In the Netherlands cooperative learning is quite popular. In New Zealand is collaborative learning popular. It means that two classes are working together during for example math. The classes are starting together, than they split up in their groups (we've got 6 groups). The groups are doing three rotations during one lesson. It can be: explenation from the teacher, working on the computer, discovery, basic facts, group work and practice. One teacher is doing the instruction for one group, the other teacher is walking around and helping the other groups. 

respect (cultural)

Mairehau primary school is a low decile school which means that the social circumstances of the neighbourhood are low. Some children have to sleep with nephew and nieces in one bed or that they have to deal with a lot of things. Because of that, there are a lot of behavioural problems. The school is really working on showing respect. That is also why the children have to sue us by our surname. When children are misbehaving, they are ask to show their 'Mairehau manners' and make good choices. Comparing to the Netherlands it is quite strict, but it works. Before going to class they have to line up, in two  nice lines. Sometimes the teacher use a wistle as well outide. 

personal experiences

After the first days three days, the children had they 'year three/four camp'. We went tot the living springs outside of town and the year 4 was sleeping over. It was really nice doing a camp with the children. I've never been on a camp before so you learn a lot as well about what kind of activities the teachers are doing with the children and how they organize the camp.  

In the weeks that followed, I started to give some lessons. Sometimes it is hard to find the right words, but after a couple of days it's getting easier. When i'm not teaching, i'm helping a lot. During reading I've got my own group with who I'm reading with. I also read before moring tea or I'm singing with the children.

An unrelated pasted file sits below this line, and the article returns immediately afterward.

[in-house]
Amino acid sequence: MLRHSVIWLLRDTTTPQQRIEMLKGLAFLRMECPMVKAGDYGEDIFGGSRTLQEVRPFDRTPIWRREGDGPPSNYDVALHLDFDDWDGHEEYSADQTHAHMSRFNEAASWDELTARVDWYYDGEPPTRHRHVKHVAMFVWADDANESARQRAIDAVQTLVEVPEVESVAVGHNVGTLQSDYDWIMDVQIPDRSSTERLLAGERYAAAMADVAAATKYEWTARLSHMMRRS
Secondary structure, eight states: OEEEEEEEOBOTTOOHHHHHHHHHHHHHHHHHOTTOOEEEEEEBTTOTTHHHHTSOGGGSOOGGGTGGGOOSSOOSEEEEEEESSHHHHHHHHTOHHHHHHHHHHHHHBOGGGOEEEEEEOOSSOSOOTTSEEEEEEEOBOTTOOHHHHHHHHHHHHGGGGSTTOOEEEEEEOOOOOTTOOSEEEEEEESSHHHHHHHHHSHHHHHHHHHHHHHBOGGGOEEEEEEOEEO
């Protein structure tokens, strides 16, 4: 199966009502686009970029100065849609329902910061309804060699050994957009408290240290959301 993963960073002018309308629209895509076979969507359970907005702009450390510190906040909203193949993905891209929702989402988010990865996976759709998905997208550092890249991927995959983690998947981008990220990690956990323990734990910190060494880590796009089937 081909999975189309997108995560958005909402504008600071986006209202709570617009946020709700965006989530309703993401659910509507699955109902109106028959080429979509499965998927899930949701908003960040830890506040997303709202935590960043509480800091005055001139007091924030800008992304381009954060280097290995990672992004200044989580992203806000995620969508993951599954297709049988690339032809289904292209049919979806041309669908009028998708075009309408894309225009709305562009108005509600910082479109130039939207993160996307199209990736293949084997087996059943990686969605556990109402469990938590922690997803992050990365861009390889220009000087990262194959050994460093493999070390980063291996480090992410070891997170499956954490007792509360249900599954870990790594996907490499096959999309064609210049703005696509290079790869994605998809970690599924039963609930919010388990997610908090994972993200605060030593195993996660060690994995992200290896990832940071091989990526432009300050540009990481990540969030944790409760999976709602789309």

Furthermore I've given lessons around Global Citzenship. Which I had to do for Civics. In six lessons I've learned them more about the world around them. It's nice that you can use ICT like computers, Prezi or other software like Google Earth. In New Zealand there is less money for education, so we had only one smart board in the whole school. Because of that, they don't work a lot with ICT. Also coöperative teaching is something they don't know in New Zealand so it was nice to introduce some cooperative activities like placemat.


- flight: €1300,0

- stay per week: €80,0

Al together, it was a really nice experience. You learn a lot about education in another country, but also how you can teach a different way. Except for the things on school, you learn a lot about the New Zealand culture. It's nice to live with a family. Everybody enjoined their stay. During the weekends and during the holiday (term 1 ended in april, so we had a two week holiday) we've seen a lot of the country. During the holiday we went to the North Island. We drove from Wellington to Auckland. During the weekend, we've seen glaciers, Queentown, Milford Sound, walked a two day track in Abel Tasman national park and we've seen seals, dolphins and whales in Kaikoura. It was an amazing adventure and I would definitely do it again!

There has been error in communication with Booktype server. Not sure right now where is the problem.

You should refresh this page.